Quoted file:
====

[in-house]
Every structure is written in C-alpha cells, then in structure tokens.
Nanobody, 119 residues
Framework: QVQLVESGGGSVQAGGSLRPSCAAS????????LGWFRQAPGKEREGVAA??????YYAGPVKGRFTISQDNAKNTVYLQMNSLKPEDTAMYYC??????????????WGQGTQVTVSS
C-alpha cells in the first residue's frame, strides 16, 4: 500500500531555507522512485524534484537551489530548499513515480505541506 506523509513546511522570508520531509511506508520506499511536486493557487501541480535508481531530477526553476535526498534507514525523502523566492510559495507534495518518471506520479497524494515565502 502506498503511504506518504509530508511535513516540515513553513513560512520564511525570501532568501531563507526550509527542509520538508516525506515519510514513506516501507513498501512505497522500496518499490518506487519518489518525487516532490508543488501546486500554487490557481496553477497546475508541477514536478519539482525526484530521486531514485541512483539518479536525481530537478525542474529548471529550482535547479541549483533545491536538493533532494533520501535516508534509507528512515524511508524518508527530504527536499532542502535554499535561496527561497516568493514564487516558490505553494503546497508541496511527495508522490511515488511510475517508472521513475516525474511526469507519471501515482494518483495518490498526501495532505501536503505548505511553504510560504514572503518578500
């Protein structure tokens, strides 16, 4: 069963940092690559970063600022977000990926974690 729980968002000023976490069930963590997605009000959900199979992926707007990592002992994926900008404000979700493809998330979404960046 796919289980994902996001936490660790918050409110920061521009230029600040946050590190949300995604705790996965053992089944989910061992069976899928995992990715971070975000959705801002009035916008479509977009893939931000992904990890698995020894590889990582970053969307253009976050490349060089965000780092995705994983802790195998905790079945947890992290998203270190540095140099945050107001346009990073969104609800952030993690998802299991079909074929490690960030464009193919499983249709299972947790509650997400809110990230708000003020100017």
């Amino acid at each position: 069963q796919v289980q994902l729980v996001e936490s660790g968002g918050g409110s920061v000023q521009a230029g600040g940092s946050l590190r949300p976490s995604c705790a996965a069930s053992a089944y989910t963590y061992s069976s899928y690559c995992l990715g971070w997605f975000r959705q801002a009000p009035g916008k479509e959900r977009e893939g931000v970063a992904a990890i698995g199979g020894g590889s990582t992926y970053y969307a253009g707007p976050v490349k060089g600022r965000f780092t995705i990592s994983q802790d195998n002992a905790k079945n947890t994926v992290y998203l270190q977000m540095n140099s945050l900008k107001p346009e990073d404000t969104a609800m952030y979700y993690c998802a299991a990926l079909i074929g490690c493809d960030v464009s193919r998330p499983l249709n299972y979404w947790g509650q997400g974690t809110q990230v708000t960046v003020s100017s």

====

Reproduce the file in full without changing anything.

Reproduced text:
[in-house]
Every structure is written in C-alpha cells, then in structure tokens.
Nanobody, 119 residues
Framework: QVQLVESGGGSVQAGGSLRPSCAAS????????LGWFRQAPGKEREGVAA??????YYAGPVKGRFTISQDNAKNTVYLQMNSLKPEDTAMYYC??????????????WGQGTQVTVSS
C-alpha cells in the first residue's frame, strides 16, 4: 500500500531555507522512485524534484537551489530548499513515480505541506 506523509513546511522570508520531509511506508520506499511536486493557487501541480535508481531530477526553476535526498534507514525523502523566492510559495507534495518518471506520479497524494515565502 502506498503511504506518504509530508511535513516540515513553513513560512520564511525570501532568501531563507526550509527542509520538508516525506515519510514513506516501507513498501512505497522500496518499490518506487519518489518525487516532490508543488501546486500554487490557481496553477497546475508541477514536478519539482525526484530521486531514485541512483539518479536525481530537478525542474529548471529550482535547479541549483533545491536538493533532494533520501535516508534509507528512515524511508524518508527530504527536499532542502535554499535561496527561497516568493514564487516558490505553494503546497508541496511527495508522490511515488511510475517508472521513475516525474511526469507519471501515482494518483495518490498526501495532505501536503505548505511553504510560504514572503518578500
């Protein structure tokens, strides 16, 4: 069963940092690559970063600022977000990926974690 729980968002000023976490069930963590997605009000959900199979992926707007990592002992994926900008404000979700493809998330979404960046 796919289980994902996001936490660790918050409110920061521009230029600040946050590190949300995604705790996965053992089944989910061992069976899928995992990715971070975000959705801002009035916008479509977009893939931000992904990890698995020894590889990582970053969307253009976050490349060089965000780092995705994983802790195998905790079945947890992290998203270190540095140099945050107001346009990073969104609800952030993690998802299991079909074929490690960030464009193919499983249709299972947790509650997400809110990230708000003020100017």
């Amino acid at each position: 069963q796919v289980q994902l729980v996001e936490s660790g968002g918050g409110s920061v000023q521009a230029g600040g940092s946050l590190r949300p976490s995604c705790a996965a069930s053992a089944y989910t963590y061992s069976s899928y690559c995992l990715g971070w997605f975000r959705q801002a009000p009035g916008k479509e959900r977009e893939g931000v970063a992904a990890i698995g199979g020894g590889s990582t992926y970053y969307a253009g707007p976050v490349k060089g600022r965000f780092t995705i990592s994983q802790d195998n002992a905790k079945n947890t994926v992290y998203l270190q977000m540095n140099s945050l900008k107001p346009e990073d404000t969104a609800m952030y979700y993690c998802a299991a990926l079909i074929g490690c493809d960030v464009s193919r998330p499983l249709n299972y979404w947790g509650q997400g974690t809110q990230v708000t960046v003020s100017s």